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Mr. Menzies Campbell (North-East Fife): On behalf of my right hon. and hon. Friends, may I extend our warmest good wishes to the Prime Minister for a complete recovery?

On Iran, I hope that, whatever is said in Washington, the Foreign Secretary will continue with his policy of measured engagement with the Iranian Government, which clearly has support on both sides of the House.

In relation to the middle east, the Foreign Secretary told the House that the meeting of Heads of Government had condemned both the building of the security fence and the continued expansion of settlements, as it has done before. Does he understand, however, that when people throughout the middle east hear of such condemnation, some of them ask what the European Union is prepared to do about either the security fence or the expanding settlements?

No one can take comfort from the crossed wires in recent days over European defence. I was pleased that, in his statement, the Foreign Secretary returned to first principles, but may I suggest for his consideration some

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other components of such a policy? Surely, it must be right that there should always be complete transparency with NATO if Europe decides to act on its own. Should we not also have a formal right of first refusal for NATO? Should not planning for any European operation be from within NATO by officials with twin responsibilities—double-hatted, in the jargon? Must we not also go to considerable lengths to avoid the duplication and decoupling foreshadowed by Madeleine Albright several years ago? Is not there a risk that, however well intentioned alternative structures may be, once they come into existence they may engender rivalries?

In the course of the happy times that the Foreign Secretary enjoyed in Brussels, did he have discussions with Heads of Government who were intending to hold a referendum in their countries even though they were not constitutionally obliged to do so? If our Government are so confident that they will have a good case, why not put the IGC proposals to a referendum so that the Foreign Secretary and I, and many other Members, can make a reinvigorated case for Europe throughout the whole of the United Kingdom?

Mr. Straw: On the right hon. and learned Gentleman's last point, I detect a certain amount of variation in the Liberals' approach. Sometimes they say that they are wholly in favour of a referendum; sometimes they say that they may or may not have one, depending on whether it would represent a fundamental shift in the balance of power between ourselves and the EU. With respect to the right hon. and learned Gentleman, it is important even for the Liberal Democrats to have a principle, and to follow it, for referendums as for other issues.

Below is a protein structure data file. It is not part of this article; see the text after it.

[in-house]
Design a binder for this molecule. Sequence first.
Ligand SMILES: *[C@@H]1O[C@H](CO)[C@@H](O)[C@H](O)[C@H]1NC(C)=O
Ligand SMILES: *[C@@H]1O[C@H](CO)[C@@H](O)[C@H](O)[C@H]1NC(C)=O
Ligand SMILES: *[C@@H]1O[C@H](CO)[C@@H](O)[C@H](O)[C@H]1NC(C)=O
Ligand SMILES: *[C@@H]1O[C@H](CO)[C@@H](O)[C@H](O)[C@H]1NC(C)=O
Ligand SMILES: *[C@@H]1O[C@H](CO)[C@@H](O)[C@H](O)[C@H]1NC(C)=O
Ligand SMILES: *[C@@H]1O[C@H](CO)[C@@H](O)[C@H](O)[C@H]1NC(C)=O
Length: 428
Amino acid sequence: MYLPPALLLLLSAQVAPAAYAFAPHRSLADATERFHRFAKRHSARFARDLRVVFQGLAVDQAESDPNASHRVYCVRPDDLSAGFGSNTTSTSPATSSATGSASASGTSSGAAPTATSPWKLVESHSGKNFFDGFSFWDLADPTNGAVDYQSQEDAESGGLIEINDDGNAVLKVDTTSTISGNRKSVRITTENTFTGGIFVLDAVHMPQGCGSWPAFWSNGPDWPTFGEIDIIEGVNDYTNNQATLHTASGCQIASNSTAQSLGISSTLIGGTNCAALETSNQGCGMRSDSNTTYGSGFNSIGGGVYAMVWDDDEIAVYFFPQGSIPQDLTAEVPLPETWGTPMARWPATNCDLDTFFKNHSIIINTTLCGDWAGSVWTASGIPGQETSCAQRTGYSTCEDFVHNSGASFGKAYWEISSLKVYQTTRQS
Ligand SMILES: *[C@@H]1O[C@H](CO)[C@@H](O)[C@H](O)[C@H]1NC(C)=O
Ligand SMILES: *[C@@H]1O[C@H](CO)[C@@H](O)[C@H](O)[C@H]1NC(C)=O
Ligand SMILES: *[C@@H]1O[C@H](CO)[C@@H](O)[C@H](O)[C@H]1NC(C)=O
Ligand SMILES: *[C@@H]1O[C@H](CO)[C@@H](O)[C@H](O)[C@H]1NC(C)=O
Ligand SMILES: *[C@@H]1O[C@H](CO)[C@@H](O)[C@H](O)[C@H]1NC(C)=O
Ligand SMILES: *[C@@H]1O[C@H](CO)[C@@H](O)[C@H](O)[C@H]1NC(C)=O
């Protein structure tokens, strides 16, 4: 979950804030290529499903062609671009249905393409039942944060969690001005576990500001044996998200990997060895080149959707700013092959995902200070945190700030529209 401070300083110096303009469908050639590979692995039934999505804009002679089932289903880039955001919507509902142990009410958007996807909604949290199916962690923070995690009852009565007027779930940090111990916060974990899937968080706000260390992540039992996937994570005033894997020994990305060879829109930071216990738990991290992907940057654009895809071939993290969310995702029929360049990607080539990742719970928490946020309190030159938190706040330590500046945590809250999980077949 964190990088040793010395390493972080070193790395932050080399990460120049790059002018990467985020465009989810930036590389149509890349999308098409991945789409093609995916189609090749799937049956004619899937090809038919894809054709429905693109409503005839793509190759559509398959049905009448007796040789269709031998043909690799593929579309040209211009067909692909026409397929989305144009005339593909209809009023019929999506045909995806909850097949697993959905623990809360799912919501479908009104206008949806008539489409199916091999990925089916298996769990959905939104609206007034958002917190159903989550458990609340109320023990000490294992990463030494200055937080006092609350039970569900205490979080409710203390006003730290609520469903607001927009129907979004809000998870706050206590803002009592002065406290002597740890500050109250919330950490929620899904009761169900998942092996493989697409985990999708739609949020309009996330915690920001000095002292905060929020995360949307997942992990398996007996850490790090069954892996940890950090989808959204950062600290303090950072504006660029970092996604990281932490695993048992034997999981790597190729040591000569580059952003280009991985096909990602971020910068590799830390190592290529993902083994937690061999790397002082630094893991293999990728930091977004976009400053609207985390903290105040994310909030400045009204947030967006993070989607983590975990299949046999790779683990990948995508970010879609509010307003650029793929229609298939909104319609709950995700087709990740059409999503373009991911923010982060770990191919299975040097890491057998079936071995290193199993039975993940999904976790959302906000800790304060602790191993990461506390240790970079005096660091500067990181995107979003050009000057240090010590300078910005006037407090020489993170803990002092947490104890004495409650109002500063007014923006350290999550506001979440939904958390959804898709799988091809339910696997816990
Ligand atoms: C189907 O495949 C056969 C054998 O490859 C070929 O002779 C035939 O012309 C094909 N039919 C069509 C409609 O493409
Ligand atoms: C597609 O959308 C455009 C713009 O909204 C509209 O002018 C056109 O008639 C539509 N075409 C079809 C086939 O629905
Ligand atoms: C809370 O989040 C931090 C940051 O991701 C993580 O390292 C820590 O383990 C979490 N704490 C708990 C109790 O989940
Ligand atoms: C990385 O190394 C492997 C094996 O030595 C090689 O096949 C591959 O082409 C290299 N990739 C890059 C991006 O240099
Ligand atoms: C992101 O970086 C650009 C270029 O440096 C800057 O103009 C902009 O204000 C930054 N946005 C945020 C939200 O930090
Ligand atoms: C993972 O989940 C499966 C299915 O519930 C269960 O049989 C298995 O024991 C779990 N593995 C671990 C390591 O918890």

It is rather difficult to define that principle at present, given the fact that certainly neither we nor—as far as I can remember—the Liberals called for a referendum on the Single European Act. As the right hon. and learned Gentleman knows, we do not dispute the case for a referendum in certain circumstances; indeed, we have provided for a referendum in certain circumstances, compared with the Conservative party which has always set itself against that. In our judgment, we should provide a referendum where the issue is whether to join or leave a completely new institution, or where a major constitutional issue is at stake, for example, in respect of the euro.

I am grateful for what the right hon. and learned Gentleman said about Iran. On the middle east, there is a fair amount of concern not only about the situation but also about the lack of power that the European Union or any individual actor, including the United States, has over that desperate situation, which will continue as long as the rejectionist terrorist groups continue to try to blow up the peace process. The EU is a major player in the Quartet, along with the United States, the United Nations and the Russian Federation. Back in June, there was great hope, but not at present. There are many reasons for that, but the key reason is the rejectionist terrorist groups which set about killing innocent Israelis and which, in doing so, are blowing up the whole prospect of the road map for the time being.

On defence, I agree with the right hon. and learned Gentleman about the need for transparency. That is why we welcome the debate that is taking place in

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NATO this afternoon. There is a hierarchy in military planning. It is not formally established in treaty but it has been followed and we want it to continue to be followed: NATO first, then the Berlin-plus arrangements, which are operated by EU member states or others, making use of NATO assets, and thirdly, wholly autonomous operations. It is not the case that military planning is currently done only in NATO: for some time, EU military staff based in Cortenberg have carried out strategic planning. That should continue—it is fine by us—but the issue for us is that there is no case for having operational planning and the running of operations per se in an EU headquarters, separate either from Supreme Headquarters Allied Powers Europe, SHAPE, or from national headquarters. We are pursuing that point, and nothing that we have done so far, or will do, is in any sense inconsistent with that approach.